All-in-all, it was an average film. I didn't notice much reaction from the audience during any comical and/or sad scenes. I'm sure that most of the people there actually don't remember much about the film at all.
     
  9. Rich T.

    Rich T. New Member

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    Yikes, John, what a nightmare - that kind of audience is the reason I rarely go to movie theaters anymore. I had a much better experience with my opening night audience: The theater was about half full - a nice mix of families and couples. Everyone kept quiet and in their seats, there was laughter in the right spots, nice applause at the end, and most of the audience sat through a couple of minutes of the credits! (In other words, all the big Disney fans in town must've been there). :)

    I love Home on the Range, but I do think the story is so small, non-epic and intimate that distractions like an obnoxious crowd could easily shatter the fantasy. Please give it another shot on DVD: It's full of great moments of art direction, characterization and small story details that could easily be ruined by things like...um...some brat hitting your seat with a water bottle! Then again, maybe you just don't like talking cows. ;D

    Ugh, Scooby DOo 2...Disney animation's dead and grotesque CGI atrocities are thriving. Gee, Garfield sure looks like a piece of art, doesn't it? I can't wait until this particular fad is over. Chicken Little looks like another CGI freak show, but Home on the Range actually gave me some hope: There were a lot of CGI moments that blended perfectly with the hand-drawn art. Since they *can* create the look of traditional animation in 3D, maybe in the near future we'll see some computer-rendered animation from Disney that actually looks like a human drew it, instead of squeaky dog-toys brought to life. :)

    Anyway, check out the HOTR soundtrack if you're a fan of Disney music. It sounds *much* better without obnoxious audience noise! :)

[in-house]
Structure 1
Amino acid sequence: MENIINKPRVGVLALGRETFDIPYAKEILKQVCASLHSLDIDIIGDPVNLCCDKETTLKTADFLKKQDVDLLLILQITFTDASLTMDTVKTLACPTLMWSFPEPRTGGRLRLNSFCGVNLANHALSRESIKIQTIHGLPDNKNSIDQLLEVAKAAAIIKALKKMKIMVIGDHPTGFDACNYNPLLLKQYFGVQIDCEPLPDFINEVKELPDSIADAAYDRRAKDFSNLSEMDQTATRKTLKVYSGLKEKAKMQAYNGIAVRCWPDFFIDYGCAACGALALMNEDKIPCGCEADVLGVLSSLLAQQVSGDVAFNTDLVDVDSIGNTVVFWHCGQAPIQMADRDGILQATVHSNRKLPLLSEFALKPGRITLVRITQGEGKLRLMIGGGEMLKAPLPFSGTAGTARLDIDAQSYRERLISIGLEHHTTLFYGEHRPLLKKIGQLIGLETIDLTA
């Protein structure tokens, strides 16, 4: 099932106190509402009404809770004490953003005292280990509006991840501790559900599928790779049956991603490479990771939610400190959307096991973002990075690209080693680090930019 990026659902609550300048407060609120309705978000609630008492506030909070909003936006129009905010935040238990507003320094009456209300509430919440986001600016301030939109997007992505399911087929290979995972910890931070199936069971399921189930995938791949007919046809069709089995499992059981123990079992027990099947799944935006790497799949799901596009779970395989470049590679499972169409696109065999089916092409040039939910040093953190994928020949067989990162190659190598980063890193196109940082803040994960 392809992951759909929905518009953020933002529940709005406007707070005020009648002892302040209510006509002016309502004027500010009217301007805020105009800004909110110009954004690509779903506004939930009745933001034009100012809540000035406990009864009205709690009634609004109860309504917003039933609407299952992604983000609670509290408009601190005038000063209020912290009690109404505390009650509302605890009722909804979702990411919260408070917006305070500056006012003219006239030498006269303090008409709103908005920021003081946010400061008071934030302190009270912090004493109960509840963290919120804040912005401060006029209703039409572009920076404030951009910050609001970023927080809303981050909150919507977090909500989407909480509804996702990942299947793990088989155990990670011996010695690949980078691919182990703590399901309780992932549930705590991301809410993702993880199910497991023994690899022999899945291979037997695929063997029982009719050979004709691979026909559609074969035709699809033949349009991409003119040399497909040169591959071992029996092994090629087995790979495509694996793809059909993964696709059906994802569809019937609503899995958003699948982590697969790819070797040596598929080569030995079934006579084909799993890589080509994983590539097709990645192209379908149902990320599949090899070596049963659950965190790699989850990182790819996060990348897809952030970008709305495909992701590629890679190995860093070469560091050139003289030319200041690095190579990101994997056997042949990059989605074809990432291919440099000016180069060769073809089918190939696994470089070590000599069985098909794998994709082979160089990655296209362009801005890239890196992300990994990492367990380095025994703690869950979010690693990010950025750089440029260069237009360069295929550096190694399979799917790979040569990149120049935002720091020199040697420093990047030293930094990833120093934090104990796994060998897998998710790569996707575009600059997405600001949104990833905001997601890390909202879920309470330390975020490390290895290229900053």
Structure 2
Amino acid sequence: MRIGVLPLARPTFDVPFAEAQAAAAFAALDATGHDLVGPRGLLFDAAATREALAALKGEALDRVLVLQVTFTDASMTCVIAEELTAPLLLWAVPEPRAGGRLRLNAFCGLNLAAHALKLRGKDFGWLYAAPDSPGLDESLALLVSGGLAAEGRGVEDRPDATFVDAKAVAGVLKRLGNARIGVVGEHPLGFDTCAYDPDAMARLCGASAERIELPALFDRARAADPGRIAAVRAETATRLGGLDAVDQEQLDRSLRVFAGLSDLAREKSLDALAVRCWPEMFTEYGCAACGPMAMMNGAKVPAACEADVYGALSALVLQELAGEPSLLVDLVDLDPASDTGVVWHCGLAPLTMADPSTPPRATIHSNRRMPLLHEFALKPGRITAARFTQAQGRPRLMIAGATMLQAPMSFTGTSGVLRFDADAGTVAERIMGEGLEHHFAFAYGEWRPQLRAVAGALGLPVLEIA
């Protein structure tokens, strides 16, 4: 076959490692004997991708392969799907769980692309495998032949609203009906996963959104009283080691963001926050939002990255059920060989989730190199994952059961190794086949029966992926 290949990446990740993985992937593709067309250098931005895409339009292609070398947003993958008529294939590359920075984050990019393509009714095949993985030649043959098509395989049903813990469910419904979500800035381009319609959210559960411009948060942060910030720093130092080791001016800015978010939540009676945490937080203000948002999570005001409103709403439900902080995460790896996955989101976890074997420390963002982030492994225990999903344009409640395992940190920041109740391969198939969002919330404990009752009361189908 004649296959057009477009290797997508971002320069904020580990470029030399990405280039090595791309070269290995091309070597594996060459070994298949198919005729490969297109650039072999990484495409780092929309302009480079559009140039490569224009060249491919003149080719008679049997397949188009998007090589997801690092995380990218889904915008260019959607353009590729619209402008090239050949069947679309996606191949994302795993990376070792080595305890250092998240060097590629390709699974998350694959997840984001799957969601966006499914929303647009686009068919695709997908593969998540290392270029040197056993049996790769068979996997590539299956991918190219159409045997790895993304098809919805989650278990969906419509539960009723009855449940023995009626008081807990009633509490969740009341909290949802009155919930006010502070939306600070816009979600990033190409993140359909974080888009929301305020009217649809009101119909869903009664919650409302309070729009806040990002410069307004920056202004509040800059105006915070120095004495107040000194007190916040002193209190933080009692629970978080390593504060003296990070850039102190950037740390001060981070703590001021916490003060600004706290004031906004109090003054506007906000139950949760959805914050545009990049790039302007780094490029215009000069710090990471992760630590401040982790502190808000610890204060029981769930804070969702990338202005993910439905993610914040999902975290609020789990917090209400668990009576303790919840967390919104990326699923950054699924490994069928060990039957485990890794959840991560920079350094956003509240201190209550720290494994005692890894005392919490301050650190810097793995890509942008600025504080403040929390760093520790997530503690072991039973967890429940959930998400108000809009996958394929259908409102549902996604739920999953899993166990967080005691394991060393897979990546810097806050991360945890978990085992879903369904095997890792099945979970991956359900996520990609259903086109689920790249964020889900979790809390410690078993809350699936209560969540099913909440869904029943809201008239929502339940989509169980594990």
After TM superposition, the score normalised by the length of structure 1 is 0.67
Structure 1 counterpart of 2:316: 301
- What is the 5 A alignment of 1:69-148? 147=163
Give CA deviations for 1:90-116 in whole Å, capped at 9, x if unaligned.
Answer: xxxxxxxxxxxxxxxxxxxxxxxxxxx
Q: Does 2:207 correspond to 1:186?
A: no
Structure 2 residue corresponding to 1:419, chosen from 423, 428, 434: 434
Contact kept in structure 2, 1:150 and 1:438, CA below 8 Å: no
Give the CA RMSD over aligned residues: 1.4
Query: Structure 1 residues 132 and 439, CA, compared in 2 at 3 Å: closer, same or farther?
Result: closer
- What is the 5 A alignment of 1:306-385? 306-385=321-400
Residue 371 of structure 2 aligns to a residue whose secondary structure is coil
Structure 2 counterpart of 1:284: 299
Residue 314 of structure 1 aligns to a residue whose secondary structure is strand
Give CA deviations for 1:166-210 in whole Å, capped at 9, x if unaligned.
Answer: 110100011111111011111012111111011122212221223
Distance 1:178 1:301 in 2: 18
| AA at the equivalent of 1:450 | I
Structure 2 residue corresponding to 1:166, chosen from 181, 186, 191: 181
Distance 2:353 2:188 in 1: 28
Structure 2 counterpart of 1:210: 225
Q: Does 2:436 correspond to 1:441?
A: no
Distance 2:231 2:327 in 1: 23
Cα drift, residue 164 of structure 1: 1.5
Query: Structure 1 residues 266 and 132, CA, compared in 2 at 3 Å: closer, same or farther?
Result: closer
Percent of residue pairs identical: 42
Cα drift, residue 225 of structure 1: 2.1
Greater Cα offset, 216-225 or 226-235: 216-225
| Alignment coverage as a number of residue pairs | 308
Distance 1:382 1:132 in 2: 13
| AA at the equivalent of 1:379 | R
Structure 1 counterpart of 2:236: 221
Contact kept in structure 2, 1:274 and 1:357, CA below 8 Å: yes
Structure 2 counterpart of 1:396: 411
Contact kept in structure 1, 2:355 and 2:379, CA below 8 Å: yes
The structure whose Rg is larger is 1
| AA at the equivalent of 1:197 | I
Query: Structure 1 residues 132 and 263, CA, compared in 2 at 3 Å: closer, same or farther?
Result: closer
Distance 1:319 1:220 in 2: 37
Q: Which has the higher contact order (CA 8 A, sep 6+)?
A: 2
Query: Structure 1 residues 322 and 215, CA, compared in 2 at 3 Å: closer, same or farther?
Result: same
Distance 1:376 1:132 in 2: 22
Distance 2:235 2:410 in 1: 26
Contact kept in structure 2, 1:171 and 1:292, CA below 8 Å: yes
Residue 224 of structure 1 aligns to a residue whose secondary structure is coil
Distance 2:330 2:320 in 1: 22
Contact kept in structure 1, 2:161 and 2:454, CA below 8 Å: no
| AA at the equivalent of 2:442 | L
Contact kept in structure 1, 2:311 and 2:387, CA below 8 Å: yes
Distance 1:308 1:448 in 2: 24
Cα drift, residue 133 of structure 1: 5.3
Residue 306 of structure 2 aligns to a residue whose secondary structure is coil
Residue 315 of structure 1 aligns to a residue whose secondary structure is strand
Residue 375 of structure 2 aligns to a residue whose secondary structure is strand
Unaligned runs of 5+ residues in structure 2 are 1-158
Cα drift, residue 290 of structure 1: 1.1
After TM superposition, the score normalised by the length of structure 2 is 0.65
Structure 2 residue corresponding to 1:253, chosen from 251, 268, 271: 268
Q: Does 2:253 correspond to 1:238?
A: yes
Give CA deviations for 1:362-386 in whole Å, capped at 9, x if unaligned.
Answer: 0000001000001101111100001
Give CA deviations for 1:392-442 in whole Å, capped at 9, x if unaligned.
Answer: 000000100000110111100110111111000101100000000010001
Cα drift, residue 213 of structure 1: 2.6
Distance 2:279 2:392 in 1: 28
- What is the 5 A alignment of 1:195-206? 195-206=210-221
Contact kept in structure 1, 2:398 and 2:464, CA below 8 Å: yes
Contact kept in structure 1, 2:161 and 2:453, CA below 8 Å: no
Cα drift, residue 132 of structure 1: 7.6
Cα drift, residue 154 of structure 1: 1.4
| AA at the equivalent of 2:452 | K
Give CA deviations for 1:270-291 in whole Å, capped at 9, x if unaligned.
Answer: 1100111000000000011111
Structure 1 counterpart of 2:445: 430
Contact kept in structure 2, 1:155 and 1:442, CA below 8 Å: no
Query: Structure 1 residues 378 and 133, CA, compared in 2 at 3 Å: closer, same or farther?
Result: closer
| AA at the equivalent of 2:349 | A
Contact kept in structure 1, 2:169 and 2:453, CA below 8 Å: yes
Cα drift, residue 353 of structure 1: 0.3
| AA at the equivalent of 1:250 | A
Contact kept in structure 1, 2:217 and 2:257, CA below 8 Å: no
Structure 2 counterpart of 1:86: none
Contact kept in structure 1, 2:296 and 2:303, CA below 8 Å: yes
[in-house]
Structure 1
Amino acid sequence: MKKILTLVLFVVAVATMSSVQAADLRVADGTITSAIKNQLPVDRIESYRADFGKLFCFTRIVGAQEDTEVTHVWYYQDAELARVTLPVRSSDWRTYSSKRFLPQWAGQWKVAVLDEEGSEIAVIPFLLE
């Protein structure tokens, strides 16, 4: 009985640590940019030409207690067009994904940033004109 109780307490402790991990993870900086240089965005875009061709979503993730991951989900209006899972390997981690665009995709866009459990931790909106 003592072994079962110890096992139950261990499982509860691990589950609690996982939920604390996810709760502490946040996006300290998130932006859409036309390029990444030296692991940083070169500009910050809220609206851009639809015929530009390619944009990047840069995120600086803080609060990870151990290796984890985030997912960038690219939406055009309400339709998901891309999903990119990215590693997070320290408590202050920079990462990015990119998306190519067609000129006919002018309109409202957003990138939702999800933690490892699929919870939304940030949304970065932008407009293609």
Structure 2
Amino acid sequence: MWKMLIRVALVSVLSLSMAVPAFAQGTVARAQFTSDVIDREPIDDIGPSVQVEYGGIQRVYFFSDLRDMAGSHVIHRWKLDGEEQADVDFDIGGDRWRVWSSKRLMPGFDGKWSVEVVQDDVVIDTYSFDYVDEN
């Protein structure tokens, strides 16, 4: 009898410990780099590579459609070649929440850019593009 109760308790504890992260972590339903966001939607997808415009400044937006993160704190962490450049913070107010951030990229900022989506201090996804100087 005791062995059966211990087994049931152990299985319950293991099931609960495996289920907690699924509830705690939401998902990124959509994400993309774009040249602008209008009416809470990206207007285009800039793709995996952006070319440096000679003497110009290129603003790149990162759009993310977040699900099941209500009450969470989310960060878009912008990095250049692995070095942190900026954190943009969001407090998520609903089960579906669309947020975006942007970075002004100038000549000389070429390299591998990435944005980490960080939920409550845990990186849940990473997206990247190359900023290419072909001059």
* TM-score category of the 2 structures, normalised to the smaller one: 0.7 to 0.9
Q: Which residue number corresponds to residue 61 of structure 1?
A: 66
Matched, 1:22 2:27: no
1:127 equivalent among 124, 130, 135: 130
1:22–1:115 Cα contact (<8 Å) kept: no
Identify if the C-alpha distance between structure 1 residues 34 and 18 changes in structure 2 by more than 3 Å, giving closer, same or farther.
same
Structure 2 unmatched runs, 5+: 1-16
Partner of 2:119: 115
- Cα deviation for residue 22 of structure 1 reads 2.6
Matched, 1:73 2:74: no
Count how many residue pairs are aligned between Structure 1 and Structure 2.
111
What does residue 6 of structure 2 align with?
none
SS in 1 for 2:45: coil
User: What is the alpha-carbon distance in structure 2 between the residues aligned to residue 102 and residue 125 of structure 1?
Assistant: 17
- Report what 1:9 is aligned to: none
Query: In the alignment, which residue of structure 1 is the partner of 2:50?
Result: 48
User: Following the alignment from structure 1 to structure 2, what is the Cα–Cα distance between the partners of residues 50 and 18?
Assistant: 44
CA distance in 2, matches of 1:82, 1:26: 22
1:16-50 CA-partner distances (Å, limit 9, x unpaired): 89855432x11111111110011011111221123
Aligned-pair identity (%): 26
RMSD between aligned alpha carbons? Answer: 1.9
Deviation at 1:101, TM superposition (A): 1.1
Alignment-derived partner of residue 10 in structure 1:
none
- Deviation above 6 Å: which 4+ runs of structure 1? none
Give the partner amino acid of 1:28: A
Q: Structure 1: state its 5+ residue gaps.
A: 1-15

10. Thanks Rich for the HOTR soundtrack advice. I am a fan of Disney music AND country music too, so I'm sure I won't be disappointed. I vaguely remember a song being sung during the scene after the flash flood that peaked my interest but instead of listening to the song, I kept trying to remember the name of the person singing it (Bonnie Raitt) and you know how it is when you've got a name on the tip of your tongue and you can't quite get it out past your lips (frustrating!!). Also, I had heard that Tim McGraw was on the soundtrack but his song must have been during the closing credits (and you couldn't hear anything over the stampedeing brats heading toward the exit ;) )

    Anyway, thanks again and I'll be sure to pick up the CD as soon as possible.

    John

    p.s. You're right about the Garfield flick, it does look like a piece of art! (I'm just not sure which piece ;D )
     
  11. Rich T.

    Rich T. New Member

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    Yes, Tim McGraw's song is the first closing credit number. I'm sure you'll like it when you get a chance to actually hear it without the, uh, ambient atmospheric theater crowd effects. :) The song's a good one, too, and went well with the really cute visuals they used to identify the various characters and the teams responsible for them.

    That Bonnie Raitt song you mentioned has become one of my all-time Disney favorites! :)
     
  12. MaX

    MaX Member

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    ok... i just *had* to say this.....

    "yodel-adle-eedle-idle-oo" is the best song out there!
    "home on the range" is also pretty cool... "Patch of heaven" is nice, and other songs are OK. But i wish all the songs were like "Home on the Range" and "Yodel-adle-eedle-idle-oo"... Like this big crazy barnyard jamboree! Too bad today's public is not really waiting for that ;)

    The score has some great moments too, and is one of those epic cartoon western scores... if you get what i mean. I think it's my favourite Menken score, then again, i'm not so much of a Menken fan. It's a pitty it's so short, though.

    yodel-adle-eedle-idle-ooooooo!
     
  13. Rich T.

    Rich T. New Member

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    Max, I totally agree, "Yodel-adle-eedle-idle-oo" is one of my all-time favorites. You know, if by some strange combination of events through which Home on the Range ever becomes a Broadway Musical, that song'll bring the house down! Imagine it: Dozens of stylized cow costumes stomping across stage and down the aisles (with mirrors making it look like there are *thousands*) while the actor playing Slim goes ballistic hopping around and yodeling his lungs out and the whole shebang done under black lights. COOOL!

    BTW, this sequence is now viewable in its entirety on the sing-along DVD.

    I think you've got a point in that HOTR would've been even more fun as an all-stops-pulled lunatic Wild West Musical with characters (besides Slim) actually singing. "You Ain't Home on the Range" is an awesome theme - I wish it had been used even more.

    This *is* my current favorite Menken score. Not surprising, since two of my other favorite soundtracks are "City Slickers 2" and "Fievel Goes West."

    There's just something exhilerating about that "Wide Open Spaces" sound. :)